Yes I noticed that as last time I was in you were just in one side of the basement and you have expanded across.


So when are you moving upstairs to take over from the antiques?

Ha ha yeah well I would like to go street level in a couple of years time. There is a few properties that would be quite suitable. The thing with second hand records is that you cant just go down to the warehouse and replace them. The search is endless and the few days that I am not open I’m constantly searching.

Is there a holy grail of a record that you are searching for?

Yeah there is a lot but I collect Northern Soul and its the rarest music and the prices are going silly. Selling records really doesn’t give me any buzz at all but finding records – thats really what I am all about. A lot of the things because they are American records I collect finding them is difficult. I used to regularly go to the states to find stuff but thats become too expensive and with the internet now its very hard to find bargains.

Thank you Ian.

Interviews, Record store visit

Original Forty Fivers interview Chris and Rhydd from Vinyl Frontier, Eastbourne.

Vinyl Frontier – 35 Grove Road, Eastbourne. East Sussex, BN21 4TT

Eastbourne’s biggest and longest running record shop, which takes its name from a play on words of Star Trek – the Final Frontier, is run by seasoned music enthusiasts Chris King and Rhyddian Pugh. On our recent visit to the shop they took time out to chat about the local scene, vinyl resurgence, Record Store Day, and the store itself.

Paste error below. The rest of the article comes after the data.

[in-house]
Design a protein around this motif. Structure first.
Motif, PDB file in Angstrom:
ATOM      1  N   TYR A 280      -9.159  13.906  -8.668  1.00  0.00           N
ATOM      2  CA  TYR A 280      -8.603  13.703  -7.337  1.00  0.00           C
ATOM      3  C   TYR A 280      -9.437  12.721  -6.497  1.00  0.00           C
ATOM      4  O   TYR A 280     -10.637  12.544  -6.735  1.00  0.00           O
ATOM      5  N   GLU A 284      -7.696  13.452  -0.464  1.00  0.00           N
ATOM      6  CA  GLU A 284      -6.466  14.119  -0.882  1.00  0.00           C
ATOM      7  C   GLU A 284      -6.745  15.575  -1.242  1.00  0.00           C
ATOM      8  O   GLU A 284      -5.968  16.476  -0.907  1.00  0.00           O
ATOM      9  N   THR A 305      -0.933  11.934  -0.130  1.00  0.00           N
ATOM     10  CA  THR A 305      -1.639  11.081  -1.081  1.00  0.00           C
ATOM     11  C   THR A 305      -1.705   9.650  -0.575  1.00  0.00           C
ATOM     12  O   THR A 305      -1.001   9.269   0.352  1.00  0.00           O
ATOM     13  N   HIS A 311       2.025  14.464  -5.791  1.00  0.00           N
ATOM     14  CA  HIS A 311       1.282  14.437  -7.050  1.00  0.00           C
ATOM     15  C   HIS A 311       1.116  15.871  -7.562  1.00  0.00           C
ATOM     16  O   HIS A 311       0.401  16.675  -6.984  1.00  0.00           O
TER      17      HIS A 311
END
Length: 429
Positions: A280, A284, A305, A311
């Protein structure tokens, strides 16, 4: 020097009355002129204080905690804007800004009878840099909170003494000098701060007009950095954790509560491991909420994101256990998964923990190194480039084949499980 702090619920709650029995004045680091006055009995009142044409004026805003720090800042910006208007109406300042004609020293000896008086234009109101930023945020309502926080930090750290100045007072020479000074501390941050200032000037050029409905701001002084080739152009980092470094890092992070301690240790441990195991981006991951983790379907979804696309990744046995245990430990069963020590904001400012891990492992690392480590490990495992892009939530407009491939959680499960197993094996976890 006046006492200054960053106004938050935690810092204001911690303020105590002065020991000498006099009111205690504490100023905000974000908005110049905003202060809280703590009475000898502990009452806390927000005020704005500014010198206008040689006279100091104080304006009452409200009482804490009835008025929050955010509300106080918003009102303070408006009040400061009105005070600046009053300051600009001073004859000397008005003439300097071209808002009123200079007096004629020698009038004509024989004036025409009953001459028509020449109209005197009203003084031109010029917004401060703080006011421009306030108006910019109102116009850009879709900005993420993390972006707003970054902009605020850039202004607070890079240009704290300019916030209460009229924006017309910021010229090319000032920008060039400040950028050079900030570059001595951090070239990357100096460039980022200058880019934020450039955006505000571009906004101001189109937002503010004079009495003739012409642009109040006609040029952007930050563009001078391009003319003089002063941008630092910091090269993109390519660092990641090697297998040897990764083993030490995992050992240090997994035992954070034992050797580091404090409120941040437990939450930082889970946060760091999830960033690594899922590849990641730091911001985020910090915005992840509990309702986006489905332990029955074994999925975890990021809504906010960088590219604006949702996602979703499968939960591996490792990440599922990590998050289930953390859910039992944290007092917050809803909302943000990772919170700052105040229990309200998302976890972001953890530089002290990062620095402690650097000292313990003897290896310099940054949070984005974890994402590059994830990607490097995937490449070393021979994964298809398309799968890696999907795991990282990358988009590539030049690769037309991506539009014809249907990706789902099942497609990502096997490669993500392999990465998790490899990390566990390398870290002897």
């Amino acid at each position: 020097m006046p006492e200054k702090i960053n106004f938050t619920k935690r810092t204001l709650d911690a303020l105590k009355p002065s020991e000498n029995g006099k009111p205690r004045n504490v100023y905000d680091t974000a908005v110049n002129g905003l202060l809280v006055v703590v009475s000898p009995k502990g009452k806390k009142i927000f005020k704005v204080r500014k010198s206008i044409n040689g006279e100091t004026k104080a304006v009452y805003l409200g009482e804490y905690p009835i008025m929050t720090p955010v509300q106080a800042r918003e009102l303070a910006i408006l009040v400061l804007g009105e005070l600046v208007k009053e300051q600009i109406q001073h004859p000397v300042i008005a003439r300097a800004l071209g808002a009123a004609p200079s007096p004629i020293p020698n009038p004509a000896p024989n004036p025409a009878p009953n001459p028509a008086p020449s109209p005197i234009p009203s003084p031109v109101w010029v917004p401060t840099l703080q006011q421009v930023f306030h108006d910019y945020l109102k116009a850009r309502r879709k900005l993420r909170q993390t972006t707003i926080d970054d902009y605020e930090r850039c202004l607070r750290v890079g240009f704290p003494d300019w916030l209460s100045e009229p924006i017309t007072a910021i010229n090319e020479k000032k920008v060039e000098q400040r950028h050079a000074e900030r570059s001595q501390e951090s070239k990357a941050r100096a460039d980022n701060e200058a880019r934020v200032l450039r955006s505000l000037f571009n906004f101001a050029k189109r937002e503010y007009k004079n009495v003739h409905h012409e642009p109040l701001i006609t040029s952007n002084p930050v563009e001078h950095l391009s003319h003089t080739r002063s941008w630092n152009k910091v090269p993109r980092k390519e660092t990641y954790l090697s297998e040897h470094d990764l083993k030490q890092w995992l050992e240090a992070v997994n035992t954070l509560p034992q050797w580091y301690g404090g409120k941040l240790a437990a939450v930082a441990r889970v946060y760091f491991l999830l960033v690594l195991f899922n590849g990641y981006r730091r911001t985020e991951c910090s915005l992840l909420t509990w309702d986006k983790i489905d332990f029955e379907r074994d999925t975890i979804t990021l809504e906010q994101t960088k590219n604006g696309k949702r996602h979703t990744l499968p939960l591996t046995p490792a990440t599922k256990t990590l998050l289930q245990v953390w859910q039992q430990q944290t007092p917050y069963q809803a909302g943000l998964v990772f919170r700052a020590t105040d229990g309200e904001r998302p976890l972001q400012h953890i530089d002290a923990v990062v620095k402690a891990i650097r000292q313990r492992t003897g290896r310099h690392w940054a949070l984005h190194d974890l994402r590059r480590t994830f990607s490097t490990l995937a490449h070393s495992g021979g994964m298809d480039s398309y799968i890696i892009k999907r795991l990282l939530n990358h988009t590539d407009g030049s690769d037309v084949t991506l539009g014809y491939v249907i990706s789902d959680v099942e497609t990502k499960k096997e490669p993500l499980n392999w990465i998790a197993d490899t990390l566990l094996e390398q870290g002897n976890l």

How is the record shop scene in Eastbourne?

RP: Eastbourne actually funnily enough has more record shops that Rome according to an Italian customer. There are four shops in the town and we are the oldest having been here for 5 years, two of which have been here in the town centre. We sell new and used vinyl and have this cafe/bar where we put live events on as well.

What styles do you specialise in?

RP: Some stores tend to specialise in Americana, folk or whatever. We are very broad with new vinyl. We have over a 1000 units in the store which includes new releases, classic re-issues eg Beatles and Stones but every week we also put out stock of new and upcoming new bands.

CK: We discover things that we specifically like that are not going to be found in HMV etc. but it is still important now that HMV has closed down in the town to have mainstream whether you like them or not such as Adele, Rag & Bone Man etc specifically just to show its not an elitist clique shop which some record shops fall foul of. Anyone can walk into the shop and feel welcome of whatever age and hopefully find something that will appeal to them.


How do you feel about the vinyl resurgence and the recent reports about vinyl potentially outselling MP3?

CK: It’s very good but it gets slightly overblown. I mean it starts from so low down but its the best it’s been for 20 years and we cant knock that. To a certain extent it never really went away for people who really cared, DJ’s like yourselves and collectors who were always buying vinyl. But there is always now going to be a lot of people buying vinyl for the nostalgia and the warm sound. If it is modern digital music I don’t see any real reason to have it on vinyl but if its all the music recorded up to the 90’s on the old school equipment that is always going to sound better on vinyl. When it is for DJ’ing its never the same using modern technology I don’t think. Just for the feel of it holding a record and bringing another record in. You just don’t get that with CDJ’s.